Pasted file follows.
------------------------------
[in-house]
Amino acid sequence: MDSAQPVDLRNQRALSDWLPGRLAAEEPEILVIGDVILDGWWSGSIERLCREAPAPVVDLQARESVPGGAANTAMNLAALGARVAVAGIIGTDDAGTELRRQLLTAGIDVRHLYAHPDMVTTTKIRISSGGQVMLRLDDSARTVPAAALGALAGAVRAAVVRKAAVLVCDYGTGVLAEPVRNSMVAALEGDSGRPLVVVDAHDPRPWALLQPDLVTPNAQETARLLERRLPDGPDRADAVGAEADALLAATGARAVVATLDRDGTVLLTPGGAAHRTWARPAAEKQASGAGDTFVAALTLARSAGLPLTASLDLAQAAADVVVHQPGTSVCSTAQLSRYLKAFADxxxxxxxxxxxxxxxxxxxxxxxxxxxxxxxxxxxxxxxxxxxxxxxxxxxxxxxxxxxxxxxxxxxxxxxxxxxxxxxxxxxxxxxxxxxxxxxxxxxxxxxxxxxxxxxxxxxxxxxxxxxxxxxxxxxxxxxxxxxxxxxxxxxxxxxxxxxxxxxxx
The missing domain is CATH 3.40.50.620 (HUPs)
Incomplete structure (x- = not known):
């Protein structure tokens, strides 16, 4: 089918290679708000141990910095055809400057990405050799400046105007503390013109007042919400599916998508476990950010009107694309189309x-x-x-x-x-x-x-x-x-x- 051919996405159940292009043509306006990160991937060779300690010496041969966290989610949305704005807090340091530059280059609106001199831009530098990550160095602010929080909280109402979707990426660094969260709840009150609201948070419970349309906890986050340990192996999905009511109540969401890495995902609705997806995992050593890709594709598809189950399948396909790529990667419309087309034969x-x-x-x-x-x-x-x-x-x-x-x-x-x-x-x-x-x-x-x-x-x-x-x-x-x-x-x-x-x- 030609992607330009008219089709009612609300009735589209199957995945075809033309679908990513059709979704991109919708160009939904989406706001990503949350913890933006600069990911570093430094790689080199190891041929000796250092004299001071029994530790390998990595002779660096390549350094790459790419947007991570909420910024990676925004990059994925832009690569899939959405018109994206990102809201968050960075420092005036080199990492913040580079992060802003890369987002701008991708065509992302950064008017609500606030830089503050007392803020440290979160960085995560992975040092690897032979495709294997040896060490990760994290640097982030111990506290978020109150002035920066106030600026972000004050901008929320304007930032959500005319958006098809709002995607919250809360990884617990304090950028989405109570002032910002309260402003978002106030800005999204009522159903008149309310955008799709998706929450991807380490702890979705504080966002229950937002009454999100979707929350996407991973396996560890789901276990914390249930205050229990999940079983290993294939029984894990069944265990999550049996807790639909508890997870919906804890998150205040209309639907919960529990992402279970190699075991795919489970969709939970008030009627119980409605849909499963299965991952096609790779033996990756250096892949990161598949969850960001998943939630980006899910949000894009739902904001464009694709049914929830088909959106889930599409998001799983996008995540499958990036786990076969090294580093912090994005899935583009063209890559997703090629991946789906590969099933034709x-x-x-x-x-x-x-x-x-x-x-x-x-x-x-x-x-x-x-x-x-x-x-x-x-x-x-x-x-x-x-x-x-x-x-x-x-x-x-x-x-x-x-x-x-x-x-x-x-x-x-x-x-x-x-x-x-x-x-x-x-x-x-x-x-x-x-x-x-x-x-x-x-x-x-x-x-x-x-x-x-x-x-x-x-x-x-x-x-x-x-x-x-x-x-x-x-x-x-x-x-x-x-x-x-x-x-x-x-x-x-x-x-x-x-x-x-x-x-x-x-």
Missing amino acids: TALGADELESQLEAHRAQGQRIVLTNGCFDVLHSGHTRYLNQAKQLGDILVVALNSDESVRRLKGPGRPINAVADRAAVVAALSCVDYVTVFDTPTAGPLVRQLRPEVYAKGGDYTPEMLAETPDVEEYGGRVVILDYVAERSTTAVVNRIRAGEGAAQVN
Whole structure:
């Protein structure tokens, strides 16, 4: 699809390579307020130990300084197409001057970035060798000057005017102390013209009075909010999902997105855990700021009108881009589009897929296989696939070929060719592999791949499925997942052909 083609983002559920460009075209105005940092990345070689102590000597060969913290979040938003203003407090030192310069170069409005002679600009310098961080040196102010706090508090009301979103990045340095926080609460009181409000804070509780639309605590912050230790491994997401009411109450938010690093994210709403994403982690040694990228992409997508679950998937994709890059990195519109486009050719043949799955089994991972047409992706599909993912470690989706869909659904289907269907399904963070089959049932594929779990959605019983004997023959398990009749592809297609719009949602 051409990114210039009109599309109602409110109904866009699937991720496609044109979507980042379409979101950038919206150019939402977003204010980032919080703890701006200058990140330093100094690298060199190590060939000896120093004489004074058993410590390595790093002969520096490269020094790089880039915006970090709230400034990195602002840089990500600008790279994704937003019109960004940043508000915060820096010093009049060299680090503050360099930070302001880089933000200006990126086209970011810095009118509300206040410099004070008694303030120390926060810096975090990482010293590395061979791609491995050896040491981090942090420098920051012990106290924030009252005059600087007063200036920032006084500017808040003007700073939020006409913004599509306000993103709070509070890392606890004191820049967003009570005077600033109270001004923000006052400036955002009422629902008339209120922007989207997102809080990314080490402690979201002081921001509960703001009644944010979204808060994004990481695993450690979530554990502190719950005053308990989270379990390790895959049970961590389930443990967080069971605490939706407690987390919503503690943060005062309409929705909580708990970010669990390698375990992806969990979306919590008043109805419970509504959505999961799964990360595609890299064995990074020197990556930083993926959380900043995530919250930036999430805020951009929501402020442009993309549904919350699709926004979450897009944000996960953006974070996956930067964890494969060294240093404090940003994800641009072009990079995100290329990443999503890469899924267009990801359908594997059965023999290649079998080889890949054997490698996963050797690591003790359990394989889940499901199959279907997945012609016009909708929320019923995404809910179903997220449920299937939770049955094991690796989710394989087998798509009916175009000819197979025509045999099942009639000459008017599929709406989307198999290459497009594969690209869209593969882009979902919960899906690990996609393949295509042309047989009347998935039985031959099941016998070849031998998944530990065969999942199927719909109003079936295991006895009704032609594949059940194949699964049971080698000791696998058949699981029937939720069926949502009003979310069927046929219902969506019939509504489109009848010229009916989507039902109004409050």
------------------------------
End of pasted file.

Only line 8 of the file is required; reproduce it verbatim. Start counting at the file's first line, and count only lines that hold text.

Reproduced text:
């Protein structure tokens, strides 16, 4: 699809390579307020130990300084197409001057970035060798000057005017102390013209009075909010999902997105855990700021009108881009589009897929296989696939070929060719592999791949499925997942052909 083609983002559920460009075209105005940092990345070689102590000597060969913290979040938003203003407090030192310069170069409005002679600009310098961080040196102010706090508090009301979103990045340095926080609460009181409000804070509780639309605590912050230790491994997401009411109450938010690093994210709403994403982690040694990228992409997508679950998937994709890059990195519109486009050719043949799955089994991972047409992706599909993912470690989706869909659904289907269907399904963070089959049932594929779990959605019983004997023959398990009749592809297609719009949602 051409990114210039009109599309109602409110109904866009699937991720496609044109979507980042379409979101950038919206150019939402977003204010980032919080703890701006200058990140330093100094690298060199190590060939000896120093004489004074058993410590390595790093002969520096490269020094790089880039915006970090709230400034990195602002840089990500600008790279994704937003019109960004940043508000915060820096010093009049060299680090503050360099930070302001880089933000200006990126086209970011810095009118509300206040410099004070008694303030120390926060810096975090990482010293590395061979791609491995050896040491981090942090420098920051012990106290924030009252005059600087007063200036920032006084500017808040003007700073939020006409913004599509306000993103709070509070890392606890004191820049967003009570005077600033109270001004923000006052400036955002009422629902008339209120922007989207997102809080990314080490402690979201002081921001509960703001009644944010979204808060994004990481695993450690979530554990502190719950005053308990989270379990390790895959049970961590389930443990967080069971605490939706407690987390919503503690943060005062309409929705909580708990970010669990390698375990992806969990979306919590008043109805419970509504959505999961799964990360595609890299064995990074020197990556930083993926959380900043995530919250930036999430805020951009929501402020442009993309549904919350699709926004979450897009944000996960953006974070996956930067964890494969060294240093404090940003994800641009072009990079995100290329990443999503890469899924267009990801359908594997059965023999290649079998080889890949054997490698996963050797690591003790359990394989889940499901199959279907997945012609016009909708929320019923995404809910179903997220449920299937939770049955094991690796989710394989087998798509009916175009000819197979025509045999099942009639000459008017599929709406989307198999290459497009594969690209869209593969882009979902919960899906690990996609393949295509042309047989009347998935039985031959099941016998070849031998998944530990065969999942199927719909109003079936295991006895009704032609594949059940194949699964049971080698000791696998058949699981029937939720069926949502009003979310069927046929219902969506019939509504489109009848010229009916989507039902109004409050």